Cambodia’s garment industry was faced with the highly sensitive issue of wage-related strikes early last year, as well as criticism on the treatment of employees and poor work conditions. The Post’s Ananth Baliga sat down with Piet Holten, president of Pactics Cambodia, to discuss employee-friendly policies instituted by the company and environmental and sustainable practices used as part of its CSR initiative.
Why did Pactics decide to setup their operations in Cambodia?
The reason for that is I was already looking to add a second manufacturing location to the one we had in China. Prices in China rose and the US dollar to the RMB was shifting quite dramatically. So I thought it might not be sustainable to continue in China. But to start in a country [Cambodia] that you do not know is always a risky operation.
So I thought let’s start small and do it like an experiment. I drove around Phnom Penh to look at facilities there and I didn’t like what I was seeing with the garment factories. There are good companies there but I didn’t like the environment. So I went to Siem Reap and we looked around here.
We started with half a shop house and from there we grew from 15 people in a shop house to 30 people in a full shop and then move to our own facility. We also got help from the Dutch government to build this project that helped quiet a lot.
What kind of products are you manufacturing here?
We make cleaning cloths and bags made from microfiber. We do that for a number of large brands. We are not the cheapest in the world. So we cannot go for the lower end market. High end brands also have an appreciation of the corporate social responsibility (CSR) work we do.
The two biggest ones are 20 million cleaning cloths for Rayban and for Oakley we make 12 million bags. We have other brands like Bulgari, Prada, Versace, Armani, Tiffany and Ralph Lauren.
Your production line is similar to other garment factories but what differentiaties it from conventional factories in Cambodia?
We make a much simpler product than garments. So we can employee really unskilled labour. We have less polluting operations than garment factories do. When they do the washing, sanding and acid wash, for example, for jeans that is not very nice. We do screen printing here that has solvent in it but we do that in a separate room.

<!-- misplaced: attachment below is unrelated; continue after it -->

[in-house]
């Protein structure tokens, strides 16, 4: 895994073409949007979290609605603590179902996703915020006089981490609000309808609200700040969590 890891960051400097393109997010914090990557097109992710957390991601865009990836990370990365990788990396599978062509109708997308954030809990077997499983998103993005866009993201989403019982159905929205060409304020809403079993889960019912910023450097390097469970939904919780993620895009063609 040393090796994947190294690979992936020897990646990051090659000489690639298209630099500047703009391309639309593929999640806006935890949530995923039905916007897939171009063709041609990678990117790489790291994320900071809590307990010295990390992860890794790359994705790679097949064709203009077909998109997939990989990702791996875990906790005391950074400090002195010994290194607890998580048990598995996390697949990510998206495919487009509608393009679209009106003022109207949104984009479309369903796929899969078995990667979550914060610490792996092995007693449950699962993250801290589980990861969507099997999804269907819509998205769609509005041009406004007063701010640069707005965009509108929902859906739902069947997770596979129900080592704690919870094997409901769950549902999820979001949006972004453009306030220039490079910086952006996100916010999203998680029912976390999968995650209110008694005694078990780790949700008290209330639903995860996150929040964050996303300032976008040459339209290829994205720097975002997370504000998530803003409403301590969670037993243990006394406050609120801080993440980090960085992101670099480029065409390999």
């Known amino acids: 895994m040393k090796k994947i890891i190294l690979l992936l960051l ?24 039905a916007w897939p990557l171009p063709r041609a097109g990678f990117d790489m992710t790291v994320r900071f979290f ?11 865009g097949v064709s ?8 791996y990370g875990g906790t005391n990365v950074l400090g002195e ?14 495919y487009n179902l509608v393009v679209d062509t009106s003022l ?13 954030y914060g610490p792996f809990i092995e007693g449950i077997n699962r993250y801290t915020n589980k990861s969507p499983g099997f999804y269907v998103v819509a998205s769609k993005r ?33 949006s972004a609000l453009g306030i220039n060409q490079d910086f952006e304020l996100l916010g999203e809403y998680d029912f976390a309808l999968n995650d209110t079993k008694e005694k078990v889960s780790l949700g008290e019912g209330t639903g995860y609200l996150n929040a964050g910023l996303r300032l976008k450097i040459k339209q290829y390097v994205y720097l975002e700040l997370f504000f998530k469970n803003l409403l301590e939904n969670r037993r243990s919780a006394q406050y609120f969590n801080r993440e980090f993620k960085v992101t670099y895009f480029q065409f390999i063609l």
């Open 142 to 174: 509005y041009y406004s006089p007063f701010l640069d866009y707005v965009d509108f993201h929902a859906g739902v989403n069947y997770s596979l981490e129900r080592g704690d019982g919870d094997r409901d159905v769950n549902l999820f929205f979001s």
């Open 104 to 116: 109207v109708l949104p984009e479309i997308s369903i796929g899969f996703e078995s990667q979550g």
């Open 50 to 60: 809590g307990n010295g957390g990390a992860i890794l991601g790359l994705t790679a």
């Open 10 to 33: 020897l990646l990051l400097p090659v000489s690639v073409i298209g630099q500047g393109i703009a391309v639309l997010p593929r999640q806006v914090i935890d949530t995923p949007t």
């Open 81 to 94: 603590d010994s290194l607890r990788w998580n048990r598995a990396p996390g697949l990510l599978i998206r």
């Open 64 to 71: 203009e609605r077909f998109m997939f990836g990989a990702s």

We have ventilation in there and take care of employee protection. The processes we use are very environment friendly. The way we set up this factory can also be done for other garment factory. And that comes from the way we want to treat our people.
You have many CSR activities and processes in place for your employees?
When you ask companies in the Western world about CSR they will almost entirely translate that to the environment or charity. We also do environment control here and have tried to build this factory as a green factory, but it has to do with how you treat your employees.
A happy employee makes good products. How can you be productive, for example, when you don’t eat well? Hence we have our own kitchen. We monitor their calorie intake – everybody takes in 80 grams of protein and 200 grams of vegetable.
We have the normal maternity leave but many workers didn’t come back after that because there was no one to take care of and feed their babies. So the day care centre is a relatively low cost way to get the mothers back and make sure the family still gets their income. Our sick leave is under 1 per cent and 15 per cent for employee turnover. In Phnom Penh they have high turnovers because they work with many migrant workers, like in China.
What are some of the green measures built into the factory?
When you have the chance to build something, build it so it fits this climate. So what we did is make smaller building because they are easier to cool. We centred them around the courtyard. That will cool the building around it.
The natural wind is south to north and the way the building is built we automatically get that air flow. This [north-south positioning] also makes it possible for us to run the factory without lights. Only during the monsoons do we need to switch on the lights. We recycle rain water that we use to flush the toilets. We have also installed solar panels on the bike parking. The expectation is that we can power 40 per cent of our usage with that.
We are not an NGO or social enterprise. We have to make money in a difficult market and with a very a low end product and what I want to prove is that it can be done.
Within the garment sector wages are a big issue. How does Pactics deal manage employee wages?
We compete on the same labour market as garment factories. What we did is a living wage study. We looked at what does a typical family that works here need as income to make a decent living. So, we provide lunch at a subsidised rate and we pay health insurance. Based on the study, a decent wage in Siem Reap is $125, with 10 per cent as savings.
We have two skill levels- level one are people who don’t operate equipment and level two operate machinery. So $125 is our guaranteed wage. Skill level one when they reach the target can make 15 per cent over the minimum and 30 per cent for level two. The target is determined by the average that the group makes for a particular product.
What are the future plans for Pactics?
We are scaling down our Chinese operations and we will probably have 400 people here by the end of this year. We currently make 45 million products here, including China’s production. I think China is seven million and 38 million in Cambodia. We are moving the remaining seven million here.
This article has been edited for length and clarity.